The Amazon Kindle Fire HDX is the brand-new tablet from the company that arguably started the eReader craze with the original Kindle.
Since then Amazon has faced increasing rivalry, not least from the arrival of affordable, powerful Android tablets such as the new Google Nexus 7, and then of course there's Apple's own take, the iPad Mini Retina.
Despite this the company has continued to thrive against the unending competition. Of course it helps that Amazon's own media content offerings are on par with Apple's and arguably better than Google's.
Amazon's confidence in its content is evident in the Kindle's business model which makes a loss on the hardware but instead makes back all the profits thorugh content consumption.
It's a brave move that appears to have paid off and Amazon clearly has plans to stick by it. This approach is even more evident in this latest range with the flagship Kindle Fire HDX, a 7-inch replacement to the original Kindle Fire, which boasts an above-HD display and powerful quad-core innards.
Amazon Kindle Fire HDX: Size and build
The first thing you'll notice when you pick up the Kindle Fire HDX is the immediate change in design, instead of the smooth matte surfaces you'd find on the original Kindle Fire, the HDX is all angles and contrasts with a smooth matte back now joined with a glossy metallic top containing the speakers.
It's a bold look and we like it. The angular design helps give the appearance of the HDX being much thinner than it actually is (9mm if you're wondering).
It's also pretty light, weighing just 311g, ok so it's not as light as the new Nexus 7 but it's still more than easy enough to hold in one hand and watch movies.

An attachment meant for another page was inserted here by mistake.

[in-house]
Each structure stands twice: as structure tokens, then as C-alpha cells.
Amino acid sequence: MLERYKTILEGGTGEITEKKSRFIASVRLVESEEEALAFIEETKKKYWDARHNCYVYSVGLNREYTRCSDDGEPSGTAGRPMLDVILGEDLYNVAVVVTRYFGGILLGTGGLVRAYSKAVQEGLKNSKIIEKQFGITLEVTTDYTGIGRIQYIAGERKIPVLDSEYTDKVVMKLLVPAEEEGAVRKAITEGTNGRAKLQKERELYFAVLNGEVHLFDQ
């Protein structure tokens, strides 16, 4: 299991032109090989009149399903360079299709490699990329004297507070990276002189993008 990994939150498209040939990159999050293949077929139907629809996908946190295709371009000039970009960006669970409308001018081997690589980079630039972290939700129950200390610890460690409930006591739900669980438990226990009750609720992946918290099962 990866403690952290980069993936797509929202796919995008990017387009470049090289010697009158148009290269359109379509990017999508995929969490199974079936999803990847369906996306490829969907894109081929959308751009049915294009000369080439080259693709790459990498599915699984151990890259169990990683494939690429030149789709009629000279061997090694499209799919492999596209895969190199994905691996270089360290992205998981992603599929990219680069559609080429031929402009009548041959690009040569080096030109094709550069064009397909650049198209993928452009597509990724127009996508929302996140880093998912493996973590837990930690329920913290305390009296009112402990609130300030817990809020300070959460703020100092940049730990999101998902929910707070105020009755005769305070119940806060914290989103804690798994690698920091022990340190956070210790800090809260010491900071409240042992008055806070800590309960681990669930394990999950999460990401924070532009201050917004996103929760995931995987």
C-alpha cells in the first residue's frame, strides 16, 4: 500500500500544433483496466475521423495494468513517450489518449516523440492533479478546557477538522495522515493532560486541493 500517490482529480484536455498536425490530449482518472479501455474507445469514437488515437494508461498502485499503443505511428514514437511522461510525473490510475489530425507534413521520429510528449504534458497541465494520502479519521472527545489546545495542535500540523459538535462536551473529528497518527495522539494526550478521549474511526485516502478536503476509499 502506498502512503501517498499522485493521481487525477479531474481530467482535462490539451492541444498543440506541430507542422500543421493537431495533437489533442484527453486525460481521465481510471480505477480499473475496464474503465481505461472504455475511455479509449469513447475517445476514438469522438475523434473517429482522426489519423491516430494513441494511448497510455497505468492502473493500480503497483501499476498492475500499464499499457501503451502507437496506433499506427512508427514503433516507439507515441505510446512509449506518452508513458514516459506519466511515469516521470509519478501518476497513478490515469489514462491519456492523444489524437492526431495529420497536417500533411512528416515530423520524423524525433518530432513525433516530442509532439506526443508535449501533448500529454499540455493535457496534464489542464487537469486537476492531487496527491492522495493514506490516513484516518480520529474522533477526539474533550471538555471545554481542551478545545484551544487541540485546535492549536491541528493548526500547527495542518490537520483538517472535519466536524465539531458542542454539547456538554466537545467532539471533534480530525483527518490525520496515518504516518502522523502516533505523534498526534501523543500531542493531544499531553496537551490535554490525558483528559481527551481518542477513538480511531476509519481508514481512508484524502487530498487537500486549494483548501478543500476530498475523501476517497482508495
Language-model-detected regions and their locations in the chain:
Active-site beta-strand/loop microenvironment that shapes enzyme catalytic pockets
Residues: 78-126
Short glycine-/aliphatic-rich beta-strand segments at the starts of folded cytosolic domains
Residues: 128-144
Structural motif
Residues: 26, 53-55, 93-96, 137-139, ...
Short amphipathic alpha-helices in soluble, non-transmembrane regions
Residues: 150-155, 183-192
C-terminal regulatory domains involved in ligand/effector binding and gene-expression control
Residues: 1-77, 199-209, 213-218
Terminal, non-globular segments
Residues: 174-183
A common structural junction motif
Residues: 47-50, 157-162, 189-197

Check out our Amazon Kindle HDX hands-on video:
On the back you'll find that Amazon has taken a similar approach to the LG G2, as the HDX's power and volume buttons are actually on the back of each side rather than protruding out the side. It takes a bit of getting used to but eventually we got the hang of it and after a few days you won't even notice the difference.
Amazon Kindle Fire HDX: Screen
This is where the 'HDX' comes in. Amazon has fitted the new Kindle Fire with its all-new 'HDX' display which gives an impressive screen resolution of 1920x1200 at 323ppi on the 7-inch screen (there's also an 8.9-inch version available).
While you may have seen higher pixel densities elsewhere, Amazon has what it believes is an ace card ast the Kindle Fire HDX has 100% sRGB colour accuracy.
It's an impressive feat and you'll notice the difference straight away. Movies look fantastic while images are rich and vibrant. The easiest way of describing it is by taking an image, pressing the 'enhance' button and then viewing everything through that filter.
Sadly though, there is a catch. To create this perfect colour reproduction Amazon had to make some changes to the way it built its display. Normally companies would use white LEDs to backlight their displays, however in order to gain the perfect colour balance Amazon has decided to use blue LEDs instead.
What this means is that when viewing large white screens such as web pages or books you'll notice the faintest blue tint bleeding in around the display.
We really do mean faintest, it's barely noticeable, but for those that are going to spend as much time reading as they are looking at films it might be something to note as we certainly noticed it straight away and it did bug us after a while.
Amazon Kindle Fire HDX: Features
The Amazon Kindle Fire HDX is in fact an Android tablet, albeit one that's heftily disguised, so disguised in fact that you'll be hard pressed to find any evidence of it at all.
Instead Amazon callsl the software Fire OS, and in this case the HDX comes running Fire OS 3.0 'Mojito' which, among a number of features, offers the revolutionary new 'Mayday' service.
Well publicised before the tablets' launch, 'Mayday' is a revolutionary new tech support solution which means you can connect in real-time via one-way video to a tech support advisor who can connect to your tablet, show you around, draw on the screen and generally help you with any problems you have.
To try and combat any privacy fears Mayday calls are strictly one-way which means that while you can see them, they can't see you and at any point you can ask them to sever the connection between them and your tablet.